Wednesday March 21, 2012
Long-term plan needed
QUESTION TIME By P. GUNASEGARAM
Indonesia’s latest ludicrous suggestion and a long stand-off over the maid issue suggests that Malaysians look elsewhere or fend for themselves.
MAIDS made in Indonesia are going to set a world record of sorts if the ridiculous, ludicrous arrangement suggested by a senior Indonesian official comes to pass. Why, they may even become the highest paid maids in the world and earn more than our fresh graduates.
An Indonesian official had announced last week that Indonesian maids will be paid RM700 a month for just one of four jobs that they are trained to do – cooking, baby-sitting, taking care of the elderly and housekeeping.
If that arrangement should materialise – it is clear it won’t – maids who do all four jobs will get a salary of RM2,800 a month, which will put them at the top of the salary scale quite easily, and give them more than what Saudi Arabia, Hong Kong or Singapore pays.
Trouble is, Malaysians just won’t be able to afford that kind of salary, which means that we won’t be hiring Indonesian maids anytime soon because they have simply priced themselves out of the market, probably not just Malaysia but just about anywhere else in the world, too.
The quick fix is of course illegal labour, which is largely Indonesian anyway, and which neither Malaysia nor Indonesia seem to want to protect from exploitation, and without whom not only households but also whole industries will come to a grinding halt.
Such is our dependence on our friends from across the Straits of Malacca for cheap labour, a very unhealthy situation that cries out for a solution, but which we have done little or nothing about to solve over the years.
Dealing with the specific issue of maids, we must not push our largely law-abiding populace into becoming lawbreakers because most households out of sheer necessity need two incomes.
If they can’t get affordable domestic help, they will out of desperation turn to illegals. In economic terms, that’s the black market operating.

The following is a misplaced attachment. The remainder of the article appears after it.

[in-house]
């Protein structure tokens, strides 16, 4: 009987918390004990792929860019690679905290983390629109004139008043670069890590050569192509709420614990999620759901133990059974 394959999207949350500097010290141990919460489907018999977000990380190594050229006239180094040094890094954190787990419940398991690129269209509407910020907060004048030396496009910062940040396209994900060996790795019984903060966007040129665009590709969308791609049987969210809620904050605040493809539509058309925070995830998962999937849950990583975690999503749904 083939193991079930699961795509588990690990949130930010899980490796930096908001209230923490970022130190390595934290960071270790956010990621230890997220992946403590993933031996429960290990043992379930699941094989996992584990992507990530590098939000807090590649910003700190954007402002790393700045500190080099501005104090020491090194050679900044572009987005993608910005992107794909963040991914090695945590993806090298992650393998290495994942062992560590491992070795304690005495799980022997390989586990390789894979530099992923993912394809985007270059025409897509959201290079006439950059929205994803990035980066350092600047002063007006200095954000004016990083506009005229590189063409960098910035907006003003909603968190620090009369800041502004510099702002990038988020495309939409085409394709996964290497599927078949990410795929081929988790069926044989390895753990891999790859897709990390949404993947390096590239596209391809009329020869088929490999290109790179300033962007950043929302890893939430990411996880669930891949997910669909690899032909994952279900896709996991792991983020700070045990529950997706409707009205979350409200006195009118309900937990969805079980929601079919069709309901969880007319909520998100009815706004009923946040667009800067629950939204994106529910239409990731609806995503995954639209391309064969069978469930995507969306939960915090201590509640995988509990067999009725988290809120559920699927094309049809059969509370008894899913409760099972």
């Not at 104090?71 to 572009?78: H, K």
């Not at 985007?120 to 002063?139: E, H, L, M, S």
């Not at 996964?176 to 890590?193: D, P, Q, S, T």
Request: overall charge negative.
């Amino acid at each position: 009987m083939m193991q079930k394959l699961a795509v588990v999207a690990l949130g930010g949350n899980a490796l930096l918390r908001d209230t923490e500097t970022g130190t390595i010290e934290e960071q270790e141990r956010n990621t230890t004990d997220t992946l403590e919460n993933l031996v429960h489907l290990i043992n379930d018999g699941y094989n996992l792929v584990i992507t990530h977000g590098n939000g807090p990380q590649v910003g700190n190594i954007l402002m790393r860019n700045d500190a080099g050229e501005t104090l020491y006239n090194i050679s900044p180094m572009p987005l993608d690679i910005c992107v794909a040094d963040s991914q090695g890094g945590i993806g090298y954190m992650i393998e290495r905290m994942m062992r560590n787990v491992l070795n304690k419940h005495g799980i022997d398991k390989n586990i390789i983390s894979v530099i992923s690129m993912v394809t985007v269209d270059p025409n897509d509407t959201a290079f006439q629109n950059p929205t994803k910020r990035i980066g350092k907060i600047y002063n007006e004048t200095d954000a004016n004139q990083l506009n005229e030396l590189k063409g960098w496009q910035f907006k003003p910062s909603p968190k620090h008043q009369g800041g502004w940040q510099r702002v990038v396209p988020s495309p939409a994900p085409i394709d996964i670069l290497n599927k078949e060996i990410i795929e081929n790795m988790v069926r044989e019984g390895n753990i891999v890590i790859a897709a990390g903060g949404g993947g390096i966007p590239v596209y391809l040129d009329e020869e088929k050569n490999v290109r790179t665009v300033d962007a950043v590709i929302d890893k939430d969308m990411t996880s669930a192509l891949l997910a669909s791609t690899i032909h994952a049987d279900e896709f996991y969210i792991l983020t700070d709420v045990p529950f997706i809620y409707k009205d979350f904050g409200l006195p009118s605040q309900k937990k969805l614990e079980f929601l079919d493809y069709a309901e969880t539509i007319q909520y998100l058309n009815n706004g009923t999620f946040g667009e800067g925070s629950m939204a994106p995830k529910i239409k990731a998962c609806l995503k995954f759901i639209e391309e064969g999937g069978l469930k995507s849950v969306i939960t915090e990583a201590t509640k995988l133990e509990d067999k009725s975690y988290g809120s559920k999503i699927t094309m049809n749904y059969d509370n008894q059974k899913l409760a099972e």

If the legal market prices itself out, you will have many others willing to do the job for less and without all the encumbrances of paying their agents here and in Indonesia a small fortune to merely get a chance to work.
If common sense prevails, then Indonesia will settle for a reasonable salary for its maids, which should conform to the minimum wage whenever that is announced, and put in place together with the Malaysian authorities’ safeguards to protect them and ensure they are not mistreated.
Both sides must realise that middlemen take a huge amount from these unfortunate workers who have to leave their homes and work in a foreign land and live with a strange family out of economic necessity.
The amount that these middlemen take (the latest figures indicate some RM4,200 to be paid by the maid and RM9,200 by the employer, making a total of RM13,600) is some 20 months’ salary at RM700 a month for a 24-month contract.
Reduce this to a more reasonable sum and there is more for the worker to take home.
Meantime, we should look at other short-term solutions.
Why should we restrict the hiring of maids to only from Indonesia? What about China, India, Sri Lanka in addition to the Philippines and Cambodia?
Why not streamline arrangements to get maids from these countries?
Why not allow the setting up of agencies which will be prepared to get maids from these countries?
The impasse with Indonesia has been going on for too long.
Yes, there are humanitarian considerations and we must make every effort to protect our migrant guest workers.
They provide a real service and we must make every effort to give them a reasonable salary.
But we as a country must realise that we cannot continue to indefinitely depend on cheap labour provided by neighbouring countries.
We must realise that such imports cheapen the price of labour of our own citizens in the same way that hiring professionals from other countries will dampen wages of our own professionals.
But no one sees it fit to protect our own labour from the deleterious impact of cheap imported foreign labour, which keeps them in a poverty trap indefinitely as their wages get depressed by imported alternatives. Why the double standard for labour?
In the longer term, we must realise the need to wean ourselves off cheap labour if we want the entire nation to develop together into a high-income country.
You simply can’t have a high-income country if your labour is cheap.
Everyone’s income has to increase along with the increase in productivity.
That calls for a solution which is simple and really not new.
Most maids are absolutely required to take care of babies and the old.
There are other avenues for housekeeping and the rest.
If there are quality yet affordable creches and daycare centres for older children and the elderly, most people may prefer to do away with maids.
An efficient centre with a few qualified people can look after many times the number of people instead of the one-to-one to one-to-three ratio for most maids.
It’s about time we set about doing such things, to find a longer lasting and permanent solution to the maid problem.
For now, made-in-Indonesia may be expedient but even that is uncertain. Let’s get prepared to fend for ourselves.